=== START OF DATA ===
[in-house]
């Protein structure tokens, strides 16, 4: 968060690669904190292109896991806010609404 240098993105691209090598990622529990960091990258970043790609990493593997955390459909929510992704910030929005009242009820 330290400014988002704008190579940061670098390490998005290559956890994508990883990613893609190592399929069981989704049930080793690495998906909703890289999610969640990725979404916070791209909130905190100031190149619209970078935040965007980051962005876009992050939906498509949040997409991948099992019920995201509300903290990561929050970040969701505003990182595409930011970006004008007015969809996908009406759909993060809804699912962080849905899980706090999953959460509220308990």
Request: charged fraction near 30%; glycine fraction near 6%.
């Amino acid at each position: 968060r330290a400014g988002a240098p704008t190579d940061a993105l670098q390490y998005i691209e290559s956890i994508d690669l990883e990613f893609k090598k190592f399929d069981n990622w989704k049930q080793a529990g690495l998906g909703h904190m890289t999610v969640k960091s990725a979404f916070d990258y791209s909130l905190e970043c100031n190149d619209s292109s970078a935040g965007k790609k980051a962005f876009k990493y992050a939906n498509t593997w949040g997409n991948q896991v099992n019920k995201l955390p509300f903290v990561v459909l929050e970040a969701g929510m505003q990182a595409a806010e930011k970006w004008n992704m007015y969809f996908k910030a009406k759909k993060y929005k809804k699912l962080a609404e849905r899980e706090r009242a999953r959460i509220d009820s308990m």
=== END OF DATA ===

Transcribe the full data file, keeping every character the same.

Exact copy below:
[in-house]
């Protein structure tokens, strides 16, 4: 968060690669904190292109896991806010609404 240098993105691209090598990622529990960091990258970043790609990493593997955390459909929510992704910030929005009242009820 330290400014988002704008190579940061670098390490998005290559956890994508990883990613893609190592399929069981989704049930080793690495998906909703890289999610969640990725979404916070791209909130905190100031190149619209970078935040965007980051962005876009992050939906498509949040997409991948099992019920995201509300903290990561929050970040969701505003990182595409930011970006004008007015969809996908009406759909993060809804699912962080849905899980706090999953959460509220308990």
Request: charged fraction near 30%; glycine fraction near 6%.
């Amino acid at each position: 968060r330290a400014g988002a240098p704008t190579d940061a993105l670098q390490y998005i691209e290559s956890i994508d690669l990883e990613f893609k090598k190592f399929d069981n990622w989704k049930q080793a529990g690495l998906g909703h904190m890289t999610v969640k960091s990725a979404f916070d990258y791209s909130l905190e970043c100031n190149d619209s292109s970078a935040g965007k790609k980051a962005f876009k990493y992050a939906n498509t593997w949040g997409n991948q896991v099992n019920k995201l955390p509300f903290v990561v459909l929050e970040a969701g929510m505003q990182a595409a806010e930011k970006w004008n992704m007015y969809f996908k910030a009406k759909k993060y929005k809804k699912l962080a609404e849905r899980e706090r009242a999953r959460i509220d009820s308990m």